1. Eczema comes from a Greek word meaning "to boil over" describing the red, inflamed, and very itchy rashes that one gets during a flare up. A topical steroid can help a lot in addressing the inflammation and redness in eczema because it has anti-inflammatory effects that lead to decrease in redness, irritation, and itching.
2. About 20 precent of children and one-three percent of the adult population all over the world have eczema. People who live in developed countries or places with cold climates seem to be more prone to developing eczema.
3. A lot more people have eczema today than 30 years ago. Researchers are not sure why but, there are some predisposing factors that make children at risk for developing eczema. One of the strongest risk factor for children is having a parent with any of the three: eczema, asthma or allergic rhinitis.
4. About 90 percent of individuals with eczema get it under the age of five years old. Around half of individuals who had eczema as a child continue to have mild eczema as adults.
5. Certain foods can make eczema worse. Common ones include milk and milk products, nuts ,and shellfish. However, before eliminating any type of food in a child's diet, check with your doctor. Some foods are important for proper growth and development.
6. There is currently no definite cure for eczema, however, there are ways to treat it. No one can really tell whether eczema will improve as an individual grows older or will stay with him/her for life.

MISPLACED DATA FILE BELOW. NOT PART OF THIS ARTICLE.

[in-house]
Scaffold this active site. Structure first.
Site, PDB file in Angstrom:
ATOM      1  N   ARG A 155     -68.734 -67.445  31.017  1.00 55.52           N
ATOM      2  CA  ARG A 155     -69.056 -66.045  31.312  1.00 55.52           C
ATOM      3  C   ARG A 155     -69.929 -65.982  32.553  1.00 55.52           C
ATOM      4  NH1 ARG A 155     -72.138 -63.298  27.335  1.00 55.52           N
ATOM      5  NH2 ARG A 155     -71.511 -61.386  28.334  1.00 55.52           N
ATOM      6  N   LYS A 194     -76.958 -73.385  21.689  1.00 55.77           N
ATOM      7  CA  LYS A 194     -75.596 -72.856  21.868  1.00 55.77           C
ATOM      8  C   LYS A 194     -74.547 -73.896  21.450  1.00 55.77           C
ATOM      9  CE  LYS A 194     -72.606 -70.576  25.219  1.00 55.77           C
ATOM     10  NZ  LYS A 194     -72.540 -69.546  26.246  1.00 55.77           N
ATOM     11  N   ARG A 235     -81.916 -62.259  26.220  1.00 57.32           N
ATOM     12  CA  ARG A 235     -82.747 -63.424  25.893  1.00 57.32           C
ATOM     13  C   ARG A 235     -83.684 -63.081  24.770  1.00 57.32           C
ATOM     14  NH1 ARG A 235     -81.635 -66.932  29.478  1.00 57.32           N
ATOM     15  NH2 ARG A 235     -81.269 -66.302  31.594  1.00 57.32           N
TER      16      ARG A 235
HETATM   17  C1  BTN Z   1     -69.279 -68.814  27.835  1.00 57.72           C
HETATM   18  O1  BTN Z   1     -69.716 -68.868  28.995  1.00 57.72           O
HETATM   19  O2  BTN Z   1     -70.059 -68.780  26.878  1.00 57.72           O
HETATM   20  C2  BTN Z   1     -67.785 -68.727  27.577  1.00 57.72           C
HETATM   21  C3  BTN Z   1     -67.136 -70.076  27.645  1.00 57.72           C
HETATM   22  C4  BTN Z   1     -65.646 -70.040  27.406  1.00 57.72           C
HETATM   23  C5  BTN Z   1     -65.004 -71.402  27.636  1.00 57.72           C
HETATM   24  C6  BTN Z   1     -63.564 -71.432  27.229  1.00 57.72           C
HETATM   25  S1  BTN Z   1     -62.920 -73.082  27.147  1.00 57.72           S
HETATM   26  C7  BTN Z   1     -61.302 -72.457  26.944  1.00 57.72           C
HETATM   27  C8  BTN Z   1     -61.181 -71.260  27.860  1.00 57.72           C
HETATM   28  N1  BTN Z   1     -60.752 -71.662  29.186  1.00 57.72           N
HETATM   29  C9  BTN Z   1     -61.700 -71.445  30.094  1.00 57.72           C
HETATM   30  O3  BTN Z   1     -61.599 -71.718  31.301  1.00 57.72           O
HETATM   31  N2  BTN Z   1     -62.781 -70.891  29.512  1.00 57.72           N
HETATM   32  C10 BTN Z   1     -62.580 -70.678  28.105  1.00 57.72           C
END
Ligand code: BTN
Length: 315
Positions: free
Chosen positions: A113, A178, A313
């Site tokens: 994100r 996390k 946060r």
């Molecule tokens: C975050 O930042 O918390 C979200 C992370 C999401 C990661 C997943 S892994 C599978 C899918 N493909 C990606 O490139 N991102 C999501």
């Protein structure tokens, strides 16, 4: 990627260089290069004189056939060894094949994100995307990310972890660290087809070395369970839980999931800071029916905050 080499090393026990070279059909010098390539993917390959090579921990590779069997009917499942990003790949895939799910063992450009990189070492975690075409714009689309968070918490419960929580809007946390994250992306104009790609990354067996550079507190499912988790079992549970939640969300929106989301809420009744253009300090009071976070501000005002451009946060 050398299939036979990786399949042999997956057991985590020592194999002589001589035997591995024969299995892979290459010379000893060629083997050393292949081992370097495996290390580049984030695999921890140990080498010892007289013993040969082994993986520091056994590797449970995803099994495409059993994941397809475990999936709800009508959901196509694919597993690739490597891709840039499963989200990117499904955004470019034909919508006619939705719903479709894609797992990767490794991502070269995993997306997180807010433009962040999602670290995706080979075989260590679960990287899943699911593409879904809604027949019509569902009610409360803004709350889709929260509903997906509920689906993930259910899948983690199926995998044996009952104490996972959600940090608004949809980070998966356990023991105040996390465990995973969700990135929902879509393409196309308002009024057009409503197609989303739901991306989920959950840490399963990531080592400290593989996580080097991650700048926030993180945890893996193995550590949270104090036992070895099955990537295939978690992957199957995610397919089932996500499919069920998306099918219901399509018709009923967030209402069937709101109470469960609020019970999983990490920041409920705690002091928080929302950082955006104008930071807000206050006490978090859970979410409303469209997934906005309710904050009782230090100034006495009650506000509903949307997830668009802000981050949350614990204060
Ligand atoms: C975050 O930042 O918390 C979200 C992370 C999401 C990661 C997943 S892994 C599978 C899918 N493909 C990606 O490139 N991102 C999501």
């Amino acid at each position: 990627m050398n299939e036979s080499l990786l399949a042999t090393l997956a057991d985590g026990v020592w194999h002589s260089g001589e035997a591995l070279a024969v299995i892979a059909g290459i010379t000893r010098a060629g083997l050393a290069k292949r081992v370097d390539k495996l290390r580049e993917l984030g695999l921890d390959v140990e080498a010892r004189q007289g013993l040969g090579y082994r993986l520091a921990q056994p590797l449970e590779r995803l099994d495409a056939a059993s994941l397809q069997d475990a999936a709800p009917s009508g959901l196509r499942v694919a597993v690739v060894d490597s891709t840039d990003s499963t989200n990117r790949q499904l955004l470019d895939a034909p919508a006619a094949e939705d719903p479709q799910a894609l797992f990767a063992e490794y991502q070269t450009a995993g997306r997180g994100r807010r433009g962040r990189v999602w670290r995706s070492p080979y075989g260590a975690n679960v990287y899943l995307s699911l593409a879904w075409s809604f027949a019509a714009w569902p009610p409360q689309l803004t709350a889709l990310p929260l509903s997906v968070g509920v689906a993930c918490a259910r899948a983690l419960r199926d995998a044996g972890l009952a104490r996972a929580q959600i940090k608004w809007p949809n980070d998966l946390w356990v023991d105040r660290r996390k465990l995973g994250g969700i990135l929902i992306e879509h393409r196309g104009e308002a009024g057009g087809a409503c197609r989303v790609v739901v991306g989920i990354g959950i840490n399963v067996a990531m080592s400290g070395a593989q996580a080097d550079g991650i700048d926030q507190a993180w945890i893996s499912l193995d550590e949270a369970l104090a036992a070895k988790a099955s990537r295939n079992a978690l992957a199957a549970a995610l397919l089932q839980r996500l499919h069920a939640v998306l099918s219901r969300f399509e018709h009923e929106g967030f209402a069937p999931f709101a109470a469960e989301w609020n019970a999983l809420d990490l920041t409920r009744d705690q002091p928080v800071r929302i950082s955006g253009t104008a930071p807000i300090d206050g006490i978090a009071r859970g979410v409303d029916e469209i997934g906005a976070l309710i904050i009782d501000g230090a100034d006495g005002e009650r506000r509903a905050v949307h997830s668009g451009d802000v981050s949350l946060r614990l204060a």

7. Don't wait for rashes to worsen before you treat them. The worse they get, the harder it will be to control them. Start treatment early.
8. Treatment is an important step to prevent the rashes from getting worse and to prevent an infection. It will also help reduce emotional stress and relieve the discomfort of itching, sometimes even pain, from the rashes.
9. Getting a proper diagnosis is the key to getting an effective treatment. There are a lot of skin conditions that may look like eczema. Consult a dermatologist who specializes in treating skin disorders.
10. Your dermatologist can make a treatment plan to help you manage your eczema. This plan includes not only medicines, but also a skin care regimen and lifestyle changes that make a huge difference in preventing flare-ups.